However we should still remain cautious. Emailing, even when targeted, is a marketing tool that can prove counter-productive in the long term. Indeed, as soon as the average consumer reaches the psychological saturation point of receiving commercial emails (and this point could soon be reached), emailing will then have to be handled very cautiously.

Retailers will then have to find some other way to communicate which might prove much more expensive than emailing…

But these new strategic marketing choices that were made by retailers also benefited affiliate programs which increased from an average of 6% of the expenses in 2000 to 14% in the second quarter of 2001.

The table below shows the evolution of these different online expenses between the first and second quarter of 2001:

Searching for the maximum efficiency in the marketing expenses field has had a positive impact: 94% of retailers that responded the survey reached profitability in the last six months.

Said profitability was reached through many strategic decisions, sharp or…brutal.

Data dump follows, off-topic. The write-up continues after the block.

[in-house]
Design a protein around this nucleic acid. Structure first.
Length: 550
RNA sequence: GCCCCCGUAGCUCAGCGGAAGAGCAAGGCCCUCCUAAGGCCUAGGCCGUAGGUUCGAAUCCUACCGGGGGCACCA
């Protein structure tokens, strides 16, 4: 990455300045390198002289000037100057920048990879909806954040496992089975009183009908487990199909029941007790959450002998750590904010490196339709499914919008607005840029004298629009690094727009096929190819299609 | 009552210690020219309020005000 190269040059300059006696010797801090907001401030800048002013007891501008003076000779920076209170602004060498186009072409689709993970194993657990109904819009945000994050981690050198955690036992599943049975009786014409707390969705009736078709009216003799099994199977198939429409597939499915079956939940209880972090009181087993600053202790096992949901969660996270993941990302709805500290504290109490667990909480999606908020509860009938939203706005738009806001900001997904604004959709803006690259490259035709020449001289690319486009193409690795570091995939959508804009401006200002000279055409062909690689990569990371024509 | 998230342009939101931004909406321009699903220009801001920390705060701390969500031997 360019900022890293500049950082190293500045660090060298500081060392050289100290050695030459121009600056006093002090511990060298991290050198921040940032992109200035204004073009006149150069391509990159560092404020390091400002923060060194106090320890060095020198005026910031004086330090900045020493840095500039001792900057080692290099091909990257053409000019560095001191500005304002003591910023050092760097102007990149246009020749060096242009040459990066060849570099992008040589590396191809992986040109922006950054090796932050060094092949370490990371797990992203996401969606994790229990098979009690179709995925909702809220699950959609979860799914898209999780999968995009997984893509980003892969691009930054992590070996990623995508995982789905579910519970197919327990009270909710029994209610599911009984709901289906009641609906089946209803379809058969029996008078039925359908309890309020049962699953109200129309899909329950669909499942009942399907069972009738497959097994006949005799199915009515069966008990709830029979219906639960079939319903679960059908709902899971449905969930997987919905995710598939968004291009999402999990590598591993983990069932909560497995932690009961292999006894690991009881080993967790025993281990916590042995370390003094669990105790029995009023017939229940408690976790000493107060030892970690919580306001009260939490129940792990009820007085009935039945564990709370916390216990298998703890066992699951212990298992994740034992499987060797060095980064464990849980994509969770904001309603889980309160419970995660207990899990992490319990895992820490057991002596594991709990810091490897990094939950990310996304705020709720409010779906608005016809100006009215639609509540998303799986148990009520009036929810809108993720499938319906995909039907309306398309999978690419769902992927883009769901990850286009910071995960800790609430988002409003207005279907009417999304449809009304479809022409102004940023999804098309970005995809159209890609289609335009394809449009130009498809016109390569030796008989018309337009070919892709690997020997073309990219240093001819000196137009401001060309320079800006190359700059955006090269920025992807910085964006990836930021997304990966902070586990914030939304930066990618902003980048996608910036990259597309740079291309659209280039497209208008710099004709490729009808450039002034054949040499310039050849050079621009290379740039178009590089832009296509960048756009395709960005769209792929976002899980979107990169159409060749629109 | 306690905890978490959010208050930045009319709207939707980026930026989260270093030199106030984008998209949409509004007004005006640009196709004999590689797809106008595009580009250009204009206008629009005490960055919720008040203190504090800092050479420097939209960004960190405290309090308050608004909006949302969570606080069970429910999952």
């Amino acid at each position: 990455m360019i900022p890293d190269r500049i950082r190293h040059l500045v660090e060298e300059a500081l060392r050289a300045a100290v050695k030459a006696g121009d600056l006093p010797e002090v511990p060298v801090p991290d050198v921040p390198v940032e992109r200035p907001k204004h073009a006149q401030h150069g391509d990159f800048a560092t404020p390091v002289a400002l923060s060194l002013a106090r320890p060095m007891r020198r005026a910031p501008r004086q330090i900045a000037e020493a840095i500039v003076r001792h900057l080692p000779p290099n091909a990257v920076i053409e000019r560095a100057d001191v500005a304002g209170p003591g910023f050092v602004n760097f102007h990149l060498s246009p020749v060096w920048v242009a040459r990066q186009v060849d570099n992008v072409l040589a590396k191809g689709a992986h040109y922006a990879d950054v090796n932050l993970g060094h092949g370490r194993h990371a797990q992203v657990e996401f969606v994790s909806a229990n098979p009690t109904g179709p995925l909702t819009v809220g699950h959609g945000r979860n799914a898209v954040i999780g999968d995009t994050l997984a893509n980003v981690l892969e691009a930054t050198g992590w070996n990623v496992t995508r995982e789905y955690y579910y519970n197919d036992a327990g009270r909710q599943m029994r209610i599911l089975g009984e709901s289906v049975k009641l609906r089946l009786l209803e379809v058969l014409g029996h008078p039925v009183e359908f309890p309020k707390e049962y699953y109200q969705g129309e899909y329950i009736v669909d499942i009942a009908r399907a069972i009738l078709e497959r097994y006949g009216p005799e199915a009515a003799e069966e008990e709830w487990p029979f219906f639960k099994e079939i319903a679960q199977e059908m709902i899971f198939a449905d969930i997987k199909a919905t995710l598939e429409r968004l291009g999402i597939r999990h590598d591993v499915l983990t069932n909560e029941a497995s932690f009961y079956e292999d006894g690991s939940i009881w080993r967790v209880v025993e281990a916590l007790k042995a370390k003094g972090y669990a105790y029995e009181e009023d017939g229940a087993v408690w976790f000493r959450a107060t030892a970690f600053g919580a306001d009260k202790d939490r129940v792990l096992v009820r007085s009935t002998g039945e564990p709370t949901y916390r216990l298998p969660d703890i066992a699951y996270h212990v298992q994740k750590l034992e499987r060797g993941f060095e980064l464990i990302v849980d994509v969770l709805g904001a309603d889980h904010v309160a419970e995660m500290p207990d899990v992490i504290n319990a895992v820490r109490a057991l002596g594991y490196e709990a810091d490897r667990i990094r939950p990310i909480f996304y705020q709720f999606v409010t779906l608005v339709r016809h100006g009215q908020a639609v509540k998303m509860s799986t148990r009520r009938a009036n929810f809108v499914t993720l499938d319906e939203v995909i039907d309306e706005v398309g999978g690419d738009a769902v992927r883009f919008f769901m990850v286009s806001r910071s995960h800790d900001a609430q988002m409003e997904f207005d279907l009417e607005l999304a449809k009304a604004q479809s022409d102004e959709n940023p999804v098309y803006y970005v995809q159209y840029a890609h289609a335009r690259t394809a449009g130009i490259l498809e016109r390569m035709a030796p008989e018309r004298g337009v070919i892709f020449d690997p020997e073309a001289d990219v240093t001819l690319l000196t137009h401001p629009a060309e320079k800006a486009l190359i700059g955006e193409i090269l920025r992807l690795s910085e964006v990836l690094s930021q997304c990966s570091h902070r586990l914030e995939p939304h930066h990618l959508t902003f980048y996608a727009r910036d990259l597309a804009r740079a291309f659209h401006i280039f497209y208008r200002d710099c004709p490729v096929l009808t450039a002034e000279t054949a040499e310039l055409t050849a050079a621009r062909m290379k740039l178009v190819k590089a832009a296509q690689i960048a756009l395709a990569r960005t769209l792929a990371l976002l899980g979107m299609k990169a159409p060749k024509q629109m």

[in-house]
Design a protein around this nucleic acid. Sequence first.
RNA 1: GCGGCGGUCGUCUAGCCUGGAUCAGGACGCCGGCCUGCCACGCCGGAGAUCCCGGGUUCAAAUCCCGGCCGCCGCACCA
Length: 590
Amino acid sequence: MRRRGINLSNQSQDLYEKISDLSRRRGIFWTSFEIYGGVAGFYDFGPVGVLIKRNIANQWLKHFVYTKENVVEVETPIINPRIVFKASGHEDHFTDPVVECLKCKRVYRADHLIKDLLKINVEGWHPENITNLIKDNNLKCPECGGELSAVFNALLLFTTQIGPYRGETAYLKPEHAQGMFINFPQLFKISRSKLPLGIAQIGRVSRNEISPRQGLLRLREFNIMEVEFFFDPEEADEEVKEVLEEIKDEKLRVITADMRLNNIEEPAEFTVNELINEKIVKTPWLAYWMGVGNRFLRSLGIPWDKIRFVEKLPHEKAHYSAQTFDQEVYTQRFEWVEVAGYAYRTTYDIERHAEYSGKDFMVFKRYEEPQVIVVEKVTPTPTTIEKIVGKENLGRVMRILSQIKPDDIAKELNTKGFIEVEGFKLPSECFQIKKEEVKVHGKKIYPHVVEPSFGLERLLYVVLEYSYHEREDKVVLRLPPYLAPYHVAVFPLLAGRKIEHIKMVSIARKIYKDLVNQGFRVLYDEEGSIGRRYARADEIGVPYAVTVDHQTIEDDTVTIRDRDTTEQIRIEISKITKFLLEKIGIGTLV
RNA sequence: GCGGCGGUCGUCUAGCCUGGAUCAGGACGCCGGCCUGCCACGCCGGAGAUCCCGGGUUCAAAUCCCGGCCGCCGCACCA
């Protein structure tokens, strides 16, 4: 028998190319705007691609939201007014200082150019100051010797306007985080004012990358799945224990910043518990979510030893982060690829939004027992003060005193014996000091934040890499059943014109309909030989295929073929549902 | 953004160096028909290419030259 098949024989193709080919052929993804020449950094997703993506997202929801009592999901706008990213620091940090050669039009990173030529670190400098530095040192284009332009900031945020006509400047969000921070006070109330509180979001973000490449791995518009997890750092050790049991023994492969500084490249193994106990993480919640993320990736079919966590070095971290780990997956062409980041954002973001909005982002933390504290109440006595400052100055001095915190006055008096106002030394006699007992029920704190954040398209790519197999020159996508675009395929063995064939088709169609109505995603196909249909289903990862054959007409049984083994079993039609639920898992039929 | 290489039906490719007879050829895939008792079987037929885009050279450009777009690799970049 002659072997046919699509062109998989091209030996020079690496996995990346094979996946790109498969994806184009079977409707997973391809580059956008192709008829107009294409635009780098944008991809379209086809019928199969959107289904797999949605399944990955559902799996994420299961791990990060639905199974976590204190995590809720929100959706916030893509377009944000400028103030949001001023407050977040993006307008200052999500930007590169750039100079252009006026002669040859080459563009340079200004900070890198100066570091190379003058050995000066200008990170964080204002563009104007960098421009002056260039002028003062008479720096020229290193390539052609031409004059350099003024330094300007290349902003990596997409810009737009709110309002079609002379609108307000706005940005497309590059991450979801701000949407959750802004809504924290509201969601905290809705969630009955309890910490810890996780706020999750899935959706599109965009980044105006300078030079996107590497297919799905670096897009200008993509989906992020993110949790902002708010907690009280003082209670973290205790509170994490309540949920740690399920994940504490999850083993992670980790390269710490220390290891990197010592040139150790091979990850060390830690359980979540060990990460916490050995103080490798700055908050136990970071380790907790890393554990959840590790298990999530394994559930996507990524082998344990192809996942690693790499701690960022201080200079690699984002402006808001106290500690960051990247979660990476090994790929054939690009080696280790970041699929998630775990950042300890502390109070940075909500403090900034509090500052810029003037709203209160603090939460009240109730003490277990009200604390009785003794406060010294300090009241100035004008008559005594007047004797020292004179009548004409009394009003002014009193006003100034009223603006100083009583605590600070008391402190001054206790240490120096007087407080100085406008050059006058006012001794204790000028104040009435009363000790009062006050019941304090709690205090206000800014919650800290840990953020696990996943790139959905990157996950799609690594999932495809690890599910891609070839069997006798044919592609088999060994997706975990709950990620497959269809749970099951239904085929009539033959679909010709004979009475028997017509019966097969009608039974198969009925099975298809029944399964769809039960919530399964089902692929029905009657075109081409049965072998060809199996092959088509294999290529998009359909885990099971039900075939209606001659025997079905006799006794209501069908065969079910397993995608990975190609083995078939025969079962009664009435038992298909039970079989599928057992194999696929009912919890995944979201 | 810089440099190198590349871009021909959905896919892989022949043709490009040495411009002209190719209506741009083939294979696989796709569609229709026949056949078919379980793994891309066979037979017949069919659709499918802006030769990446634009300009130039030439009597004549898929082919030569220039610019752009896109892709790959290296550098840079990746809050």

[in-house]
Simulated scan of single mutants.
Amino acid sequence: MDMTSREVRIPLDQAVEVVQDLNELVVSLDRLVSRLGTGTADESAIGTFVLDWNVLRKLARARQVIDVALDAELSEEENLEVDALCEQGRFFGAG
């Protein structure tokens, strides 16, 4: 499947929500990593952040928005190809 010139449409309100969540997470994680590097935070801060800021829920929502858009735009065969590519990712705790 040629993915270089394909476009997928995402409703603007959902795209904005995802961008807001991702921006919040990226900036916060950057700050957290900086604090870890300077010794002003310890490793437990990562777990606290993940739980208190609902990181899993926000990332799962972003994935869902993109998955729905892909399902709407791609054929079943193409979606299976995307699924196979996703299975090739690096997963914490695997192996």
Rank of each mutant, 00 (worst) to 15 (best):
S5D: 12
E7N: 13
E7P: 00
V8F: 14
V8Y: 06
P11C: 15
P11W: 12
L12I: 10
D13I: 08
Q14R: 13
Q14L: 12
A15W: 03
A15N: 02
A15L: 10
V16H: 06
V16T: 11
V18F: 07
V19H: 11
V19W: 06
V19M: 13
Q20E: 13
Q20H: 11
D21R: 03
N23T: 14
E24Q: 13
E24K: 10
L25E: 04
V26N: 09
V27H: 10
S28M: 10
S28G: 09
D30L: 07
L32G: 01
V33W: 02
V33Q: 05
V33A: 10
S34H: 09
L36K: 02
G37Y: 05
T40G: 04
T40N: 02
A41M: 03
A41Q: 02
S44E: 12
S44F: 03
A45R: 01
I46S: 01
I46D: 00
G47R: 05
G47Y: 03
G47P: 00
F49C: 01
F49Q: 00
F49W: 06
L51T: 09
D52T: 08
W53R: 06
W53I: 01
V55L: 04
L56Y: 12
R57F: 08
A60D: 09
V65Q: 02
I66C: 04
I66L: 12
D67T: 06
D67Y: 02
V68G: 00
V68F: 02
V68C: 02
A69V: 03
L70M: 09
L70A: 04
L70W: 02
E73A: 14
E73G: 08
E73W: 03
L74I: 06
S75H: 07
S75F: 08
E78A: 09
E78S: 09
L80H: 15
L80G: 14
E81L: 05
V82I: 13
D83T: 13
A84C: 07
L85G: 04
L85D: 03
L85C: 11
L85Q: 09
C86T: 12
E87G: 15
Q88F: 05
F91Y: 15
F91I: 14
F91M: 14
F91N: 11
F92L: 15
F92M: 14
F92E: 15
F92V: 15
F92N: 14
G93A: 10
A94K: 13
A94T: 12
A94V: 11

The main actions that were carried out concerned the reduction of marketing budgets (if 40% of retailers were already involved in this type of action a year ago, then it is now as much as 56% to follow the lead). This action also concerned the renegotiation of their portal deals.

Therefore 46% of respondents said that they already renegotiated their portal deals, while 23% purely and simply cancelled them… this explains the difficulties that portals, such as Yahoo! are presently ongoing.

Another element proves interesting: if the reduction of costs proved to be one of the most efficient tools that is used to reach profitability, another method can also be used, which contradicts everything that has been seen on the Web until now (the free era), and it concerns the policies of price setting used by these distributors.

33% of retailers have increased their selling prices from last year and please bear in mind the fact that 23% declared that they have reduced or even cancelled promotional and discounted offers on their web sites.